‘Your connection is not private’ in Chrome – What To Do
If you’re seeing ‘Your connection is not private’ errors in Chrome, it means there is an issue verifying the SSL connection between your browser and the website you’re trying to reach. It’s nothing to worry about in terms of security but you should address it before being able to establish a secure connection to that domain.
The message is part of Chrome’s protection mechanism that tries to protect us from unsafe websites. If the web server tells Chrome it is compatible with SSL but something goes wrong with validation, Chrome errs on the side of caution and stops the website loading just in case it is infected.
SSL stands for Secure Socket Layer. Websites that use SSL will encrypt data between Chrome and the website for security. To establish an SSL connection, Chrome has to receive a certificate verifying the website and set up that connection. If anything gets in the way of that verification, you see errors like this.
The error will tell you what’s wrong. For example, you may see (NET::ER_CERT_COMMON_NAME_INVALID) which means the name on the certificate does not match the name on the domain or subdomain. This can be a simple administrative error or a website trying to use an old certificate.
Others include (NET::ER_CERT_WEAK_SIGNATURE_ALGORITHM) which is a server-side message indicating that the certificate configuration isn’t correct. (NET::ER_CERT_DATE_INVALID) is an out of date certificate or one bought in advance and should not be activated yet. There are others but they are much rarer.
Usually, if you see (NET::ER_CERT_COMMON_NAME_INVALID) errors, these are accidental and easily fixed.
Fixing ‘Your connection is not private’ errors
There are some very simple reasons why you’re seeing this error. Some will not be anything you can fix while some causes can be very easily fixed. Some issues with SSL can only be fixed by the website owner. There are some common fixes you can try for ‘Your connection is not private’ errors in Chrome though.
Check other HTTPS websites
The simplest check to make is to surf to another website that uses HTTPS. Most major websites use SSL now as Google has included it within its SEO algorithm. Try another website that uses HTTPS. If it works without showing the error, it may be the website at fault. Try a few websites. If they all work and that single website doesn’t, it is likely to be server side and not your fault.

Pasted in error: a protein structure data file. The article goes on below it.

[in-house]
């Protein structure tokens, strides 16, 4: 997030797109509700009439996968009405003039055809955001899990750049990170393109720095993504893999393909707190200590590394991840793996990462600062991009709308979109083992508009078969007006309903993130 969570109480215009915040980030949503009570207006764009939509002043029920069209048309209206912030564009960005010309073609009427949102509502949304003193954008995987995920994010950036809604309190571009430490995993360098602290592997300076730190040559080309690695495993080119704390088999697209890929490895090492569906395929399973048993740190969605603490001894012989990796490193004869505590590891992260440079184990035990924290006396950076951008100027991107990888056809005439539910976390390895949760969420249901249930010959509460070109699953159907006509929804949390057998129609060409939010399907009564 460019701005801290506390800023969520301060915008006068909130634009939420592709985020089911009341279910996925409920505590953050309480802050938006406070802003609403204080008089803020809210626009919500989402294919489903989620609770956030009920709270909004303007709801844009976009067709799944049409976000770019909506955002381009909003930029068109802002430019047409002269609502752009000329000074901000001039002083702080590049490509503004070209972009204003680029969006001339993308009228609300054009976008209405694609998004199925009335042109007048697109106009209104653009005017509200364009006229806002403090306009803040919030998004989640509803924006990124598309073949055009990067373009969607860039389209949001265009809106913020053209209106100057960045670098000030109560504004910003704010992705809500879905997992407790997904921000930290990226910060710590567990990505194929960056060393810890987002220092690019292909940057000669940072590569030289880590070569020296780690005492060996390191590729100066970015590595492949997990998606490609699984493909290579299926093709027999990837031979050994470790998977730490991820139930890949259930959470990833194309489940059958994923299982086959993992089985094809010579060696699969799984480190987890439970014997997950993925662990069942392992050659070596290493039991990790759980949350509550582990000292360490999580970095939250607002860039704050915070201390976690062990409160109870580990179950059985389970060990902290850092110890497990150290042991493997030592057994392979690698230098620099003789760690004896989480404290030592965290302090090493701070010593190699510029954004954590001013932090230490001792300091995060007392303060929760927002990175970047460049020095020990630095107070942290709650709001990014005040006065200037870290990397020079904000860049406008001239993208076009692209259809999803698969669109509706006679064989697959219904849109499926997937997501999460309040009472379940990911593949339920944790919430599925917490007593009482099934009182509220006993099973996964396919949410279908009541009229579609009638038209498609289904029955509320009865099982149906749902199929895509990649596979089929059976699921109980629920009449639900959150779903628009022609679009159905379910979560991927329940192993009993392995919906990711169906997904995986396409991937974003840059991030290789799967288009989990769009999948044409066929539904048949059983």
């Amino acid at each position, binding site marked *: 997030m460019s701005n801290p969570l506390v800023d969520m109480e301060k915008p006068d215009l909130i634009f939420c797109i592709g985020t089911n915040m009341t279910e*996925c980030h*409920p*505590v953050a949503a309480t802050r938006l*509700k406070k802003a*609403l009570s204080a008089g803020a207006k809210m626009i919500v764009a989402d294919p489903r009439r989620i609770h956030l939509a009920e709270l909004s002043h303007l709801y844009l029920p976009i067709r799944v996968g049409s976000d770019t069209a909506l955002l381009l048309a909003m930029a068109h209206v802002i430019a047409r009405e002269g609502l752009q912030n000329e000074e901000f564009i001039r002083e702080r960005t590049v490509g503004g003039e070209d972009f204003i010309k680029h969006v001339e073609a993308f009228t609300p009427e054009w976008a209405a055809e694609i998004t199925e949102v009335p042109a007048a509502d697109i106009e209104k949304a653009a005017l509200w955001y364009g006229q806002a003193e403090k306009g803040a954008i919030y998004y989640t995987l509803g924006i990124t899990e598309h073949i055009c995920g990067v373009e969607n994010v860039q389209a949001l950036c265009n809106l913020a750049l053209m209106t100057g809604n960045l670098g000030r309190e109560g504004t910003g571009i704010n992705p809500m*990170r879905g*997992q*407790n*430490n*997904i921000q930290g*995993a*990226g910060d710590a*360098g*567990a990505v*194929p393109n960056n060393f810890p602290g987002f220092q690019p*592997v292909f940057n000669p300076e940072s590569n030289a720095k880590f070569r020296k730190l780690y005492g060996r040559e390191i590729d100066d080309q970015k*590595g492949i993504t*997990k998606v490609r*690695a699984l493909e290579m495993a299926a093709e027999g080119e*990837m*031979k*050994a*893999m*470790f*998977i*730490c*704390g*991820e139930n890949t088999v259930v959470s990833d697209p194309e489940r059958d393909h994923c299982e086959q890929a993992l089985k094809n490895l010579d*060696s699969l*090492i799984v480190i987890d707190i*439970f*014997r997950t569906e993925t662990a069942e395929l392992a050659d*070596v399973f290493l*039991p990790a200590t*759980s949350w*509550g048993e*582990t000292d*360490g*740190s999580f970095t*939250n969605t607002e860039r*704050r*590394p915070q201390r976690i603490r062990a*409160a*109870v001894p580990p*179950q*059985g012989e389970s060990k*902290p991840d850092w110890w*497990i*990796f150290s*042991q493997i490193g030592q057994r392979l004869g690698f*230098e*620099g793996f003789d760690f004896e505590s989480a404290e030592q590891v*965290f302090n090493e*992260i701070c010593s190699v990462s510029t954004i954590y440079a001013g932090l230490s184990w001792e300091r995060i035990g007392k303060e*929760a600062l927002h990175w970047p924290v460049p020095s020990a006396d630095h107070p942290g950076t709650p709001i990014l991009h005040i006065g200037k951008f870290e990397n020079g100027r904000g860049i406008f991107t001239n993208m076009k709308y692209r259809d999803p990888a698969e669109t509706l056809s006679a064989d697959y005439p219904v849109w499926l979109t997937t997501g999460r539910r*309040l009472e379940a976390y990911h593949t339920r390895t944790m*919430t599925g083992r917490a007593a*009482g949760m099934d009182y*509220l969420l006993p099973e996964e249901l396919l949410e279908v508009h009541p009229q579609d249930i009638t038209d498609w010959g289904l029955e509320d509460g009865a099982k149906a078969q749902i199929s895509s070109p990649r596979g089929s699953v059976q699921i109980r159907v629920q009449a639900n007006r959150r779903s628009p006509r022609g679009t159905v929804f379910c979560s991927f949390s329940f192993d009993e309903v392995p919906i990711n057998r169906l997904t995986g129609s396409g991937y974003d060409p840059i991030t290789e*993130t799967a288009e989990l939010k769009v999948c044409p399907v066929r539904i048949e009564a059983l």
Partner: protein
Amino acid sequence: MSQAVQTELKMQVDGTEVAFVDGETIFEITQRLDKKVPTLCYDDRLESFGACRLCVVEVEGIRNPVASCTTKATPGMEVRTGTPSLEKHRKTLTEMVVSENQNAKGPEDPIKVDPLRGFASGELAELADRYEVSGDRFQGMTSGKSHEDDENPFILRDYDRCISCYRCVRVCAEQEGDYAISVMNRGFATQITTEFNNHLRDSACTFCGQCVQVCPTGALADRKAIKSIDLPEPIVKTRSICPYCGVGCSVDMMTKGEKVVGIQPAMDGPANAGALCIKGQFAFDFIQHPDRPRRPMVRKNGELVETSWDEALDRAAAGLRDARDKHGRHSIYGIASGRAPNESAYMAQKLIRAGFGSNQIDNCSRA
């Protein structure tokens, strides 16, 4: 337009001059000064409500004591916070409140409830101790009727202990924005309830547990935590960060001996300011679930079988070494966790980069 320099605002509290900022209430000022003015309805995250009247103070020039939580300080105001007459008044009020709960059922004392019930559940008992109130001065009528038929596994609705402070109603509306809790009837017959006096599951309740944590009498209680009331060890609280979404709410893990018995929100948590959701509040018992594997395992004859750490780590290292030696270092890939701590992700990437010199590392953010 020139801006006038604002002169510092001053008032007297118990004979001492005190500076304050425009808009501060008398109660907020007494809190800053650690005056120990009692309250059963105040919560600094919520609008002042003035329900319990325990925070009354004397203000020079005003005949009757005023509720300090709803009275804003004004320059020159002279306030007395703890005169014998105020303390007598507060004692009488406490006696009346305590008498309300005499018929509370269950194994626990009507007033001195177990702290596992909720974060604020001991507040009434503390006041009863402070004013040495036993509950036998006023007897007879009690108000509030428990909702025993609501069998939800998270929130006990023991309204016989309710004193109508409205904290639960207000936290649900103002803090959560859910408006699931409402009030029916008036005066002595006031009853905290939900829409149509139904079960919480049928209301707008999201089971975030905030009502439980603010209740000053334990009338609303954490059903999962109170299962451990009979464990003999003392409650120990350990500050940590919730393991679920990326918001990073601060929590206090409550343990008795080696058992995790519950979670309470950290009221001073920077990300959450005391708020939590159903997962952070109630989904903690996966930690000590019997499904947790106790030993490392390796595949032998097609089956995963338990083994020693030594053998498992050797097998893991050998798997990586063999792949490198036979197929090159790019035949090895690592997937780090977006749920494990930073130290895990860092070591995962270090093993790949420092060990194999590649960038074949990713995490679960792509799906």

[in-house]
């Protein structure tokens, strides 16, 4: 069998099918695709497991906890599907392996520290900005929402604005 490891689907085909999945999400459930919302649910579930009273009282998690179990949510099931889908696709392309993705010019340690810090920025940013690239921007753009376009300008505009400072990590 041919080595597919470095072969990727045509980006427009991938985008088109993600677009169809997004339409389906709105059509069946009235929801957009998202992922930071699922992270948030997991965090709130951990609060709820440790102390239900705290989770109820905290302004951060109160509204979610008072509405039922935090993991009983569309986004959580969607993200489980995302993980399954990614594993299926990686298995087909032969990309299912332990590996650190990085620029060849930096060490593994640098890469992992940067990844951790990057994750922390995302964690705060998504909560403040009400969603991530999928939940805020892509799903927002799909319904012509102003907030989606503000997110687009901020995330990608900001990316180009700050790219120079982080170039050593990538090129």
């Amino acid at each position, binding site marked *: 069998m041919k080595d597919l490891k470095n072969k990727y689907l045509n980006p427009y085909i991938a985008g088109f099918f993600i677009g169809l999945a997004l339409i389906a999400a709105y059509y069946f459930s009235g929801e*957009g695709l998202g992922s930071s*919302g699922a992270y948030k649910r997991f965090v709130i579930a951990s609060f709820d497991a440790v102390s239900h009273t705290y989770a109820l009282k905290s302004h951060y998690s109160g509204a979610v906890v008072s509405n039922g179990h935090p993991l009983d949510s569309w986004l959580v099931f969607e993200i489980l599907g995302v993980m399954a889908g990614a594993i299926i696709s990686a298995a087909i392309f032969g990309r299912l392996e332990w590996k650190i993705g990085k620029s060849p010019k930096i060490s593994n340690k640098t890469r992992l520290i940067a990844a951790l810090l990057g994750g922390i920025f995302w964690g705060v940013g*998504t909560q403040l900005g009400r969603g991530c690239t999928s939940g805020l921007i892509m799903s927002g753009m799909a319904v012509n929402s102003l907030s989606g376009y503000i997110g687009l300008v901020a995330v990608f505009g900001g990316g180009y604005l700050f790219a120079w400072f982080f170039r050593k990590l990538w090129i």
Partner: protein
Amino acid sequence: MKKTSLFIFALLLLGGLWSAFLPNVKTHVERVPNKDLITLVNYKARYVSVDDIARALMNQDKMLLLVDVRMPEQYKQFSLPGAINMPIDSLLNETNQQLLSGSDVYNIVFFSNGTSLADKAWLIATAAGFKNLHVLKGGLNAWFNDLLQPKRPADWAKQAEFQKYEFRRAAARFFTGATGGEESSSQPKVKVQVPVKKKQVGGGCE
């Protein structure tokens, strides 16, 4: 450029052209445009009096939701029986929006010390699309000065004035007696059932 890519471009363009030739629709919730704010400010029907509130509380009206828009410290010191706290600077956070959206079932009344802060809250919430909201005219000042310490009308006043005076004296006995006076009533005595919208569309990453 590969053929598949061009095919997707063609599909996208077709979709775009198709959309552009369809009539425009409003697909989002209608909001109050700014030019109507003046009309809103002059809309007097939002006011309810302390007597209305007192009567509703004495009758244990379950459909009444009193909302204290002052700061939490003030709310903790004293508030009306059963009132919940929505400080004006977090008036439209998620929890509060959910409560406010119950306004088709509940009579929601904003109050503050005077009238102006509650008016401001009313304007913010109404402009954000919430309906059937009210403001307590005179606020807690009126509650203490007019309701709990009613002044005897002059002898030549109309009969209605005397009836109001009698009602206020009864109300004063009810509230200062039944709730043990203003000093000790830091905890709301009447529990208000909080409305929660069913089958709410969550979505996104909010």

If you see the error on other HTTPS websites, it could be a computer or device setting at your end. Now you can try some of these fixes.
Check your device date and time
SSL verification is timestamped and any discrepancy between the web server timestamp and your browser will cause the verification to fail. A very common cause is your device clock being wrong. Verify your device time and set it to network time or automatic if you have the option.
If you had to change the time, retry the website.
Check your antivirus or firewall
Some security software uses HTTPS Scanning or HTTPS Protection. If yours does, check to see if you can disable it for a minute. Turn off the feature and retest the website. If it works, your security program may need updating. You can leave the feature turned off if you like, just be careful about where you surf!
Try Chrome Incognito Mode
Right click your Chrome icon and select New Incognito Window. Visit the website giving you ‘Your connection is not private’ errors and see what happens. If it works this time, it could be a Chrome extension or cached data causing the issue. If it doesn’t work, move on.
If it does work, let’s clear the Chrome cache.
- Select the Chrome menu and Settings.
- Select Advanced at the bottom of the page.
- Select Clear Browsing Data and select everything.
- Select Clear Data.
- Retry the website.
Ignore the error
If you got this far and you cannot access the website without the warning, can ignore it if you like. If you know the website and trust it, you can ignore Chrome’s warnings. Select Advanced on the error page and you should see a link to Proceed to the website. Select that to create an unencrypted connection.
There is a risk here that the website you’re trying to visit has been hacked and will serve malware. However, if you’re willing to take the risk or trust the website, go ahead.
Your connection is not private errors in Chrome are there for your protection but sometimes Chrome can be a little over cautious. It is always better to err on the side of that caution though so never blindly ignore the warning. If you trust the website, go for it. If you don’t know it so well, don’t. There are plenty of other sites to visit.